Monday, February 07, 2011
An excellent exploration of primatological findings on chimpanzees and bonobos to provide a greater understanding of human nature.
Among the many interesting facts, De Waal cogently presents his broader thesis: human nature involves compassion as much as aggression, but we have focused too much on the latter and not enough on the former. When describing war we say that people act like animals but when we are do something nice we say it is ‘humane.’ The improper emphasis (obviously complex in origin) might be partly because the bonobo was discovered relatively recently (compared to chimps), so despite having a similar to degree of genetic relatedness to humans as chimps and humans, we have usually only looked for comparisons to chimps. This being problematic because chimpanzees are more violent and hierarchical, while bonobos are egalitarian, matriarchal and hypersexual. Understandably, looking only to chimps may lead to unwise justifications for behaviour (as any naturalistic comparison might).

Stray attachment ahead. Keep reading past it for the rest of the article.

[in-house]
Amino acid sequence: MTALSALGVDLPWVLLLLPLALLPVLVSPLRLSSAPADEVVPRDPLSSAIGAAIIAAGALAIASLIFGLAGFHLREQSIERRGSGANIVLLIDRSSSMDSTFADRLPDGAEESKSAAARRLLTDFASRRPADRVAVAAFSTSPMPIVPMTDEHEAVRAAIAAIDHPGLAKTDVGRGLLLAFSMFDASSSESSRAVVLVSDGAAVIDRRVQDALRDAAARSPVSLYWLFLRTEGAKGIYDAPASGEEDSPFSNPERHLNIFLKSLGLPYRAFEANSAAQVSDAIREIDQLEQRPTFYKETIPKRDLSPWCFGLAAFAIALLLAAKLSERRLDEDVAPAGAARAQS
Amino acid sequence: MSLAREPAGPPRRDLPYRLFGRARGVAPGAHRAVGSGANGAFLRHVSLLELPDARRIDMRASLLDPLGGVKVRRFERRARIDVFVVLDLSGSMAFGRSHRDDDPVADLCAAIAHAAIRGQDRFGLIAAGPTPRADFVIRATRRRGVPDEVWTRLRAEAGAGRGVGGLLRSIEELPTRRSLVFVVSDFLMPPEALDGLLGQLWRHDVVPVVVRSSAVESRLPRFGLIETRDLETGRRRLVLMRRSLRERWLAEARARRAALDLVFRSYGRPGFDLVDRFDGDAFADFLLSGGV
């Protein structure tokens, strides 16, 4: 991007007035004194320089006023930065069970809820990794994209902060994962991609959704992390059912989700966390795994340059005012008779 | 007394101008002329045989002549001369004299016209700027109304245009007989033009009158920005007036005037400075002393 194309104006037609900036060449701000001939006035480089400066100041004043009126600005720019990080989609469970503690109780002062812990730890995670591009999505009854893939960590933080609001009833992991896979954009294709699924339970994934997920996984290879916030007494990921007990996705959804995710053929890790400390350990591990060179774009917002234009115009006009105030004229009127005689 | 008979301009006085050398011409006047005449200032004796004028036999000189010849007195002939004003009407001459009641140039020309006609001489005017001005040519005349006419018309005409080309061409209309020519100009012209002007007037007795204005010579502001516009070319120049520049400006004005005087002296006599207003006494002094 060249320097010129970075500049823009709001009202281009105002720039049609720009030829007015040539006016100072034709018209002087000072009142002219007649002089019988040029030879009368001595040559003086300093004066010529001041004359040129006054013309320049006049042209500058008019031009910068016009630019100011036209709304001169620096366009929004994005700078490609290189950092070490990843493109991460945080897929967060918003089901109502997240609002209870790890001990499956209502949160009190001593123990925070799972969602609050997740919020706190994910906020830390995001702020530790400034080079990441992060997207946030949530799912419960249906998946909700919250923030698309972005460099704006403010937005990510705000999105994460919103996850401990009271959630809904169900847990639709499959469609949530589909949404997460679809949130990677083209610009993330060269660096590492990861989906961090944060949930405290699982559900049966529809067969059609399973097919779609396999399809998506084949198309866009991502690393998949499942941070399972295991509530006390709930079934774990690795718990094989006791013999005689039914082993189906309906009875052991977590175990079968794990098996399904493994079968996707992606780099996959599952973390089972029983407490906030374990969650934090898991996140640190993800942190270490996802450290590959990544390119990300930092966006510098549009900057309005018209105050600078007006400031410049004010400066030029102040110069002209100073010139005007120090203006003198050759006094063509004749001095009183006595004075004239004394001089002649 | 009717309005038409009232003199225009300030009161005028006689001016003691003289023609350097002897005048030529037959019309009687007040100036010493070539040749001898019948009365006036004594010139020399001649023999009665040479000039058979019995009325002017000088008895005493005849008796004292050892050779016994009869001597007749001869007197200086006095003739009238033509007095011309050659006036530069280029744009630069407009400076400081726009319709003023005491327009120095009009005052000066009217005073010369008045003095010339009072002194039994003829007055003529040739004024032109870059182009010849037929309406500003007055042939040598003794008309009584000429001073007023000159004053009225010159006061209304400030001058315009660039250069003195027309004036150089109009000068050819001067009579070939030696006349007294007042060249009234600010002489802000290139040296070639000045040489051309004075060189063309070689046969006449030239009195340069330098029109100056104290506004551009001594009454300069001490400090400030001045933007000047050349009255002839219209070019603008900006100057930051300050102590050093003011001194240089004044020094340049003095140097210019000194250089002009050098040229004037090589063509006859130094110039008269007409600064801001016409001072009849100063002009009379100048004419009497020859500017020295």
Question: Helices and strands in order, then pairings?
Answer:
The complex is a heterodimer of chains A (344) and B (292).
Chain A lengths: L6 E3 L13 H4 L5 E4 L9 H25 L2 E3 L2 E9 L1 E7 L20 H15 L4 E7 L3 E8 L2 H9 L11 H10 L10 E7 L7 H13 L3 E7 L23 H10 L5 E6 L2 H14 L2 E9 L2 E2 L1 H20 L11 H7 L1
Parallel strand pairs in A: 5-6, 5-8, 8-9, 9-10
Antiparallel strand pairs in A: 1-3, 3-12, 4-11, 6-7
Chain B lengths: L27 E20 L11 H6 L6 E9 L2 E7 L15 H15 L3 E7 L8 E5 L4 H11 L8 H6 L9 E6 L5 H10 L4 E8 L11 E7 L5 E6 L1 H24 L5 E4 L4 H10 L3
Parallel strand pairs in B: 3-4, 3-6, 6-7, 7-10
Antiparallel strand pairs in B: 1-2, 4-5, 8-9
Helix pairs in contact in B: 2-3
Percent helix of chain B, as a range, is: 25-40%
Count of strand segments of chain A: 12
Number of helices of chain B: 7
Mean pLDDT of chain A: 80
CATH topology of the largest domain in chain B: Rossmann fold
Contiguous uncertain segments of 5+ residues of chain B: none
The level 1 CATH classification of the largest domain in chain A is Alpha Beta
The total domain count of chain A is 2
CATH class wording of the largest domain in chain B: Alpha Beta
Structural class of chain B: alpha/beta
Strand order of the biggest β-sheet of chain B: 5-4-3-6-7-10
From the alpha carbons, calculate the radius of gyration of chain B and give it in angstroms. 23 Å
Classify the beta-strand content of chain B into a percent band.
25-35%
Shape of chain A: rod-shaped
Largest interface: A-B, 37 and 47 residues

Although much was review, most of the details about bonobo communities (and the extent of their sexuality) was new.
A great book.